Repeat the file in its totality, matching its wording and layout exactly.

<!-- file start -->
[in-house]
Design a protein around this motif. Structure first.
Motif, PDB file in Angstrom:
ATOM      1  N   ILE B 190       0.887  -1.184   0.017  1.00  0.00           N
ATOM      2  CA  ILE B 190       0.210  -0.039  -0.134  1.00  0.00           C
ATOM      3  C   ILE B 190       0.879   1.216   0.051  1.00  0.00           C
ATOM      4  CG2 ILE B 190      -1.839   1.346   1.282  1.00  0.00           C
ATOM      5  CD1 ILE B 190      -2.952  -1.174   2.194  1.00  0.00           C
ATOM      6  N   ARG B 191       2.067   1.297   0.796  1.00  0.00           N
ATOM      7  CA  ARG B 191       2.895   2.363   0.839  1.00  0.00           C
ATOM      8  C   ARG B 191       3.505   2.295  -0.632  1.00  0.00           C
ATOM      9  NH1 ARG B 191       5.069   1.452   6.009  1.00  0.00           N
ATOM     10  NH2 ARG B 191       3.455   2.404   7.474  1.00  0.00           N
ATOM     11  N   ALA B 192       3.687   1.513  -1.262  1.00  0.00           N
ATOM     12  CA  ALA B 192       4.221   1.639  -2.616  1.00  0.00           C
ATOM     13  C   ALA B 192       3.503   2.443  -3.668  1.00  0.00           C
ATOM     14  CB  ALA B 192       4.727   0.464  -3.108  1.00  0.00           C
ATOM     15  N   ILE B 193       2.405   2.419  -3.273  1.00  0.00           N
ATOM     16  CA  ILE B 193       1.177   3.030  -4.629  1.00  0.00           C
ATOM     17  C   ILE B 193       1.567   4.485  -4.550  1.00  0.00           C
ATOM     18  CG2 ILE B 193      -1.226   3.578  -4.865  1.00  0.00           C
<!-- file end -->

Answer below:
[in-house]
Design a protein around this motif. Structure first.
Motif, PDB file in Angstrom:
ATOM      1  N   ILE B 190       0.887  -1.184   0.017  1.00  0.00           N
ATOM      2  CA  ILE B 190       0.210  -0.039  -0.134  1.00  0.00           C
ATOM      3  C   ILE B 190       0.879   1.216   0.051  1.00  0.00           C
ATOM      4  CG2 ILE B 190      -1.839   1.346   1.282  1.00  0.00           C
ATOM      5  CD1 ILE B 190      -2.952  -1.174   2.194  1.00  0.00           C
ATOM      6  N   ARG B 191       2.067   1.297   0.796  1.00  0.00           N
ATOM      7  CA  ARG B 191       2.895   2.363   0.839  1.00  0.00           C
ATOM      8  C   ARG B 191       3.505   2.295  -0.632  1.00  0.00           C
ATOM      9  NH1 ARG B 191       5.069   1.452   6.009  1.00  0.00           N
ATOM     10  NH2 ARG B 191       3.455   2.404   7.474  1.00  0.00           N
ATOM     11  N   ALA B 192       3.687   1.513  -1.262  1.00  0.00           N
ATOM     12  CA  ALA B 192       4.221   1.639  -2.616  1.00  0.00           C
ATOM     13  C   ALA B 192       3.503   2.443  -3.668  1.00  0.00           C
ATOM     14  CB  ALA B 192       4.727   0.464  -3.108  1.00  0.00           C
ATOM     15  N   ILE B 193       2.405   2.419  -3.273  1.00  0.00           N
ATOM     16  CA  ILE B 193       1.177   3.030  -4.629  1.00  0.00           C
ATOM     17  C   ILE B 193       1.567   4.485  -4.550  1.00  0.00           C
ATOM     18  CG2 ILE B 193      -1.226   3.578  -4.865  1.00  0.00           C